Mobile boom justifies spectrum price?
In the last 11 years, the cost of spectrum per subscriber has come down by less than 1% of what it was in 2001, when the last auction of 2G spectrum took place. Manoj Gairola reports. It's all in the arithmeticindia Updated: Jun 20, 2012 22:43 IST
In the last 11 years, the cost of spectrum per subscriber has come down by less than 1% of what it was in 2001, when the last auction of 2G spectrum took place.
There were about four million mobile subscribers in 2001. The companies had bid Rs. 1,650 core as reserve price for 2G spectrum for pan-India operations. There were four operators in the country.
At present, there are about seven licensees providing services to about 850 million subscribers (subscribers of new operators whose licences have been cancelled following the Supreme Court verdict is not counted). They have paid Rs. 14,850 crore as the licence fee (as two are dual licence holders). So the cost per subscriber comes out to be only 0.99% of what it was in 2001."This clearly shows that there is a strong case for revising the price of spectrum," said BK Syngal, former chairman and managing director of Videsh Sanchar Nigam Ltd (VSNL).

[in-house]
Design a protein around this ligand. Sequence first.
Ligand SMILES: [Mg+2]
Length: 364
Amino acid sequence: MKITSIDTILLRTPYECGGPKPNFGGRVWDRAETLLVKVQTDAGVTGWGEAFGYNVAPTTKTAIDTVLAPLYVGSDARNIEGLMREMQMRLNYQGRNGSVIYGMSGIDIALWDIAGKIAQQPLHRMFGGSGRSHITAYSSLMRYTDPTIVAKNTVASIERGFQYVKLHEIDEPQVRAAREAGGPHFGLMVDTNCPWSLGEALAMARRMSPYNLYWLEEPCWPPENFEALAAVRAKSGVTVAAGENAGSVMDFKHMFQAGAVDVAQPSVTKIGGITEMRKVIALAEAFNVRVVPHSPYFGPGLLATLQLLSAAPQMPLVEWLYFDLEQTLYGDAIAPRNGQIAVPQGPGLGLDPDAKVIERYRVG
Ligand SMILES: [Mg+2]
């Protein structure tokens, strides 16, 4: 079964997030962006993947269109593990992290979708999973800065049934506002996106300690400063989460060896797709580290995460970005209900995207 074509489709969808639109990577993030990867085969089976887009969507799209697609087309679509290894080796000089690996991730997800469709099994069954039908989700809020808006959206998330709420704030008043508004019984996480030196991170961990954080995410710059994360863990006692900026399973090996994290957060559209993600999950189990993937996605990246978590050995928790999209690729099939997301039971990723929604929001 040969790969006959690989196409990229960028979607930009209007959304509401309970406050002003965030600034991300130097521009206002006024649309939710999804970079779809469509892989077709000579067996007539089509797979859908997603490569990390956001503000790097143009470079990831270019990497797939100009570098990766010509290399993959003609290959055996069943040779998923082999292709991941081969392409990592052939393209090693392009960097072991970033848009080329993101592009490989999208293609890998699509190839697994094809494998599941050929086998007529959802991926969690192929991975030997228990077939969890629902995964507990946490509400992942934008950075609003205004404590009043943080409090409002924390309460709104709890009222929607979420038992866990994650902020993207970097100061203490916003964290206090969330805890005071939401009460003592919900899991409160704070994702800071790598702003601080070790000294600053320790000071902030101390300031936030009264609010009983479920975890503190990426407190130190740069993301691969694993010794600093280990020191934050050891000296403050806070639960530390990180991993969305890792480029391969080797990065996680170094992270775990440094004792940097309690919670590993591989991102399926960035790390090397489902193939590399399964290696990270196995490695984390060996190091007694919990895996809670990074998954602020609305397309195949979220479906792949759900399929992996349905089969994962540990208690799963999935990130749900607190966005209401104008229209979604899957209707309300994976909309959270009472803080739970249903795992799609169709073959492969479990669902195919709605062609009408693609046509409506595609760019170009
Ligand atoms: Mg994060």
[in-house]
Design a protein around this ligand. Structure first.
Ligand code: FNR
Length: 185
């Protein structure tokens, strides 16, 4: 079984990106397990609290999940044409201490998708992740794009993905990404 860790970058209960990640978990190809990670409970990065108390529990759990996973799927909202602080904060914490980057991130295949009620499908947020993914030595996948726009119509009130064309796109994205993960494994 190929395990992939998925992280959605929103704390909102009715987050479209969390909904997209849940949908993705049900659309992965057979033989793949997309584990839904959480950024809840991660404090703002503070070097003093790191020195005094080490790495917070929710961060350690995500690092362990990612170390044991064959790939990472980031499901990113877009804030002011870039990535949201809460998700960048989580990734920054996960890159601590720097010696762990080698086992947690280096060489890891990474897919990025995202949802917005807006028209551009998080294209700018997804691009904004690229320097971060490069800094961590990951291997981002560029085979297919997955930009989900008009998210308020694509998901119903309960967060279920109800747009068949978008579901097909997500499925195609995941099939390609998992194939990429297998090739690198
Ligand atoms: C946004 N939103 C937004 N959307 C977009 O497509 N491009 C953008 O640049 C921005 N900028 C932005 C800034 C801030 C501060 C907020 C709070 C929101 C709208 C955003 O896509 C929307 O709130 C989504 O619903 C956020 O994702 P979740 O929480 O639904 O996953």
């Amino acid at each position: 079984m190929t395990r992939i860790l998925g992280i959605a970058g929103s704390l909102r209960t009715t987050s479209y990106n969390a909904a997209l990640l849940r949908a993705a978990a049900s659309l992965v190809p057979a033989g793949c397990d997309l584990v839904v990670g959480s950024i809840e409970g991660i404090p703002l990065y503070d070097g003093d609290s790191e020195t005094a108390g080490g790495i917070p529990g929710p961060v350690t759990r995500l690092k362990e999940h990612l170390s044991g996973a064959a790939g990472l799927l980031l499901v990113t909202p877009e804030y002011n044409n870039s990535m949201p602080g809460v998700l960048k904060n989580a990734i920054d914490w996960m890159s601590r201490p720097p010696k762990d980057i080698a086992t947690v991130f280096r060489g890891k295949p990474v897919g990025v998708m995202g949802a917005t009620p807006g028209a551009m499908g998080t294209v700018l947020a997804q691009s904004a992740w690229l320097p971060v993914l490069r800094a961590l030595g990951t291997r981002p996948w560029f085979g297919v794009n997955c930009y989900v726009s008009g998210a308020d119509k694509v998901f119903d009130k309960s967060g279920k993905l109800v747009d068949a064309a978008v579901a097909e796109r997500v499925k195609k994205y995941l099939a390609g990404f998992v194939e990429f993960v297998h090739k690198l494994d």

The Telecom Regulatory Authority of India (TRAI) has recommended a reserve price that is about 10 times more than what the companies had bid in 2001. Telecom service providers are opposing it saying that it is very high. TRAI says that its impact on pricing will be hardly four paise per minute.
Rajeev Chandrasekhar, Rajya Sabha parliamentarian and former chairman of BPL Cellular has criticised the operators who are opposing the reserve price recommended by TRAI.
"Industry will never like to pay for the spectrum," said Chandrasekhar. "This is for the first time that the regulator has done a scientific calculation on the spectrum pricing. The industry has not come out with any solid evidence showing that TRAI's calculations are wrong."
He also pointed out that the cost of spectrum as percentage of total project cost is very low.